PROVIDENCE, R.I. -- Rhode Island's capital city has won a $5 million contest created by New York Mayor Michael Bloomberg with a high-tech plan to overcome a language skills problem known as the word gap that puts low-income children at a profound disadvantage in the classroom.
Providence was one of 305 cities that pitched an idea to Bloomberg Philanthropies' Mayors Challenge, a contest designed to spur innovation in America's cities. Houston, Philadelphia, Chicago and Santa Monica, Calif., were selected for $1 million runner-up prizes. The winners are set to be announced Wednesday in New York.
Providence's winning proposal will equip low-income children with recording devices that count the words and conversations they are exposed to. Combined with coaching lessons for parents, the plan is designed to help poor children overcome a language skills deficit that develops before they even start kindergarten.
A landmark 1995 study found that children in families receiving welfare hear less than one-third as many words per hour as their more affluent peers and will reach age four having heard 32 million fewer words than children from professional families. Research shows the word deficit is tied to later academic performance and employment opportunities.
"Education is the path out of poverty; I know, because I have followed it," Providence Mayor Angel Taveras told The Associated Press. "We need to make sure that path is available to more kids. The first teacher in a child's life is a child's parent. We can do something to help them."
The selection committee at Bloomberg Philanthropies selected Providence's proposal because it takes a new approach to a systemic problem and could be replicated in other cities.
"Mayor Taveras found an evidence-based solution to a major challenge -- the word gap for low-income children -- that has potential to move us forward in a cost effective, scalable, and sustainable way," Bloomberg said in a statement. "The Mayors Challenge aimed to find the most powerful ideas that have the greatest potential to spread -- and each of these five mayors knocked it out of the ballpark."
Called "Providence Talks," Taveras' plan will make use of a pager-sized recorder put in a child's pocket that acts as a language pedometer, recording every conversation and word spoken to them through the course of their day. The city intends offer the voluntary program children in low-income families, as determined by newborn screening assessments. Their parents will receive monthly coaching sessions from social workers in which they learn ways to boost a child's vocabulary, and social work agencies will be given bonuses if a child's language skills improve.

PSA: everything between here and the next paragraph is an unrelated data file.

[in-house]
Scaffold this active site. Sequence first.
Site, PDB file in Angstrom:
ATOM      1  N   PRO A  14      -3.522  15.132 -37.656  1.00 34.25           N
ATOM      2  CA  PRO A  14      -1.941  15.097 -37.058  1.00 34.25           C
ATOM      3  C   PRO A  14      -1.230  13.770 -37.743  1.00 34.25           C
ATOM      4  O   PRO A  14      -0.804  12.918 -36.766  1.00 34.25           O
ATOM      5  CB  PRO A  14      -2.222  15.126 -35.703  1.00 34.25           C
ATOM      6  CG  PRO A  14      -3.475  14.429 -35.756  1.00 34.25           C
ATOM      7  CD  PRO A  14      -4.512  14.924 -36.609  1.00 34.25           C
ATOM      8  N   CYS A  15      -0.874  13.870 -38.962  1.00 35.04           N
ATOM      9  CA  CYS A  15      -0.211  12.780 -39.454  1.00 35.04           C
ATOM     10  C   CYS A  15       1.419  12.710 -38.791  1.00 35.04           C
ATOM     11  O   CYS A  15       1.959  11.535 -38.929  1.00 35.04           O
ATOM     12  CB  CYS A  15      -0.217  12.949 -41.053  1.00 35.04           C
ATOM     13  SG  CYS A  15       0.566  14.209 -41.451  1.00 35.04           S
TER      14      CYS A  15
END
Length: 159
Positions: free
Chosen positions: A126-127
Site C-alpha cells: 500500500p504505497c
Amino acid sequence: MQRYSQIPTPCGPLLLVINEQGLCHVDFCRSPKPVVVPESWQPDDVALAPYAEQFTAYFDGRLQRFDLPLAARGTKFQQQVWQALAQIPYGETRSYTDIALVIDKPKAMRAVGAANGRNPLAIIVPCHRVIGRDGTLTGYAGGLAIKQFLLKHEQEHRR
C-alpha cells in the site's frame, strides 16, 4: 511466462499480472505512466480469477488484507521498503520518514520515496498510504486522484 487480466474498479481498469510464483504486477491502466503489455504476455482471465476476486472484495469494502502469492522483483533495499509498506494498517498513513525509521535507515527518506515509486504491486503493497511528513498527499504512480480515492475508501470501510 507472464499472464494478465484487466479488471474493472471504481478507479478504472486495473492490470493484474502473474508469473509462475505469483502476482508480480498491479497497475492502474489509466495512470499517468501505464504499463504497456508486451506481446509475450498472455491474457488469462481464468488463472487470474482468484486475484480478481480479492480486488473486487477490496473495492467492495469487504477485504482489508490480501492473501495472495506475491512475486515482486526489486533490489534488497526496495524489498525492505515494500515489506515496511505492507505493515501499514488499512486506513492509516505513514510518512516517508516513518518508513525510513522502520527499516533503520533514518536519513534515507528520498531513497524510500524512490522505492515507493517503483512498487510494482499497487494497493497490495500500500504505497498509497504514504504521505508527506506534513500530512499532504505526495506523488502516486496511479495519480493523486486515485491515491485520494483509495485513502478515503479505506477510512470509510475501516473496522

The recording devices work in English, Spanish and other languages and automatically screen out conversations from television and radio. The recordings will be kept confidential and once the devices' data are analyzed, any conversations on the recordings will be deleted. To prevent a 3-year-old from losing or damaging the recorders, the devices come with specially designed clothing to hold them in place.
Providence Talks would begin with a small number of children participating and gradually expand the program to 2,850 families by 2018.
One third of Providence children live in poverty, and two-thirds of kindergarten-age children enter school already behind on national school readiness benchmarks. Less than half of Providence fourth-graders are deemed proficient in reading and math, and roughly one third of city students will drop out of high school.
The city, which has tested the proposal in a small-scale pilot initiative, cites research that show that similar programs can boost the number of words spoken to a child by 55 percent. Data from the project will also help city and school officials target literacy and educational programs to neighborhoods and residents who need it most, according to the mayor's office.
The other pitches submitted to Bloomberg Philanthropies included Milwaukee's plan to promote urban agriculture in vacant lots and Phoenix's proposal to create "smart energy districts." Applications came from cities in 46 states, according to James Anderson, who oversees government innovation programs at Bloomberg Philanthropies.
"We're trying to encourage a bold round of public-sector innovation to help a handful of these ideas take root," Anderson said. "There were many, many more good ideas than there were prizes."
The four cities selected as runners-up will receive $1 million each.
Houston won with its proposal to allow residents to mix trash, recyclables and lawn waste in a single bin ready for automatic sorting.
Santa Monica hopes to become the first American city to create a citizen well-being index, using economic vitality, social relationships, health, education and environmental factors to inform city policy decisions.
Philadelphia plans to use its $1 million prize to reform city procurement policies to encourage entrepreneurs and "social innovators" to submit bids and solutions to city challenges.
Chicago plans to harness computers to create a data-driven "predictive analytics platform" to track trends and allow city leaders to identify problems before they are obvious.
When Bloomberg's contest was first announced last year, Taveras' advisers brainstormed several ideas before the mayor settled on Providence Talks. Taveras said his decision was based on his own experience growing up poor -- and the birth of his daughter, now a year old. He said he was "thrilled" that Bloomberg chose Providence, a city that has struggled in recent years with high unemployment and yawning budget deficits.
"Improving education helps everyone," he said. "It helps develop the leaders of tomorrow. It helps economic development. It means having a safer city, a healthier city. This is a blessing and we are grateful."